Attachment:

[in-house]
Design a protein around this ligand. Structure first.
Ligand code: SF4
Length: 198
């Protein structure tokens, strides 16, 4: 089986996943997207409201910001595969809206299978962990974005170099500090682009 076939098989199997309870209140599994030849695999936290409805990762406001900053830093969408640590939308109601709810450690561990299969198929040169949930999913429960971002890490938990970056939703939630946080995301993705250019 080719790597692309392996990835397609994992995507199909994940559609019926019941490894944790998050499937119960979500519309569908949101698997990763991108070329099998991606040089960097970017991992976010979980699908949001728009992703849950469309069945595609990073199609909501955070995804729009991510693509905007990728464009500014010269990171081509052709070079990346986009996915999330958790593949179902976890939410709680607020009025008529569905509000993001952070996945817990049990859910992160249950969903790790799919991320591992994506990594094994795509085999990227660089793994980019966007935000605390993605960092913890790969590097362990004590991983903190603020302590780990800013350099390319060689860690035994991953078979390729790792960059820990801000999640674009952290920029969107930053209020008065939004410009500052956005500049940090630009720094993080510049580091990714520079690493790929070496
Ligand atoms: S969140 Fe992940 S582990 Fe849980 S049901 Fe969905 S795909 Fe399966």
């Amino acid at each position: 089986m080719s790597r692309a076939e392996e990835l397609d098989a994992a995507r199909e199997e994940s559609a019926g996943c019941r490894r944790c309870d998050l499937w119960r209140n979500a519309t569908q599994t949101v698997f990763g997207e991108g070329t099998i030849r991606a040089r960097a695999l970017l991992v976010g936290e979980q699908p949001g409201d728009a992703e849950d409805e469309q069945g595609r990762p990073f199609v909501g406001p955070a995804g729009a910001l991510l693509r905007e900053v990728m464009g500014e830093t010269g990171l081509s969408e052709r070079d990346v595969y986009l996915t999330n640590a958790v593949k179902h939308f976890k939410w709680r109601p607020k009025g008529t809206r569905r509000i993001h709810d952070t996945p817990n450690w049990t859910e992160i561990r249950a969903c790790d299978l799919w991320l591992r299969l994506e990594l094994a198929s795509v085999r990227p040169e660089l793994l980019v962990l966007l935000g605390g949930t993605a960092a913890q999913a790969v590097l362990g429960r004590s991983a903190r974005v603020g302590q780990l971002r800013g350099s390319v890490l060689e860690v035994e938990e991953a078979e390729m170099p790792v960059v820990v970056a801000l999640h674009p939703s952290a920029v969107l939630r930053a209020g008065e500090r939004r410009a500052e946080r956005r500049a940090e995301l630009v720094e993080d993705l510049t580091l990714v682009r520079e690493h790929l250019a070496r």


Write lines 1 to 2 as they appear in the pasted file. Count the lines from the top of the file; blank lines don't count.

[in-house]
Design a protein around this ligand. Structure first.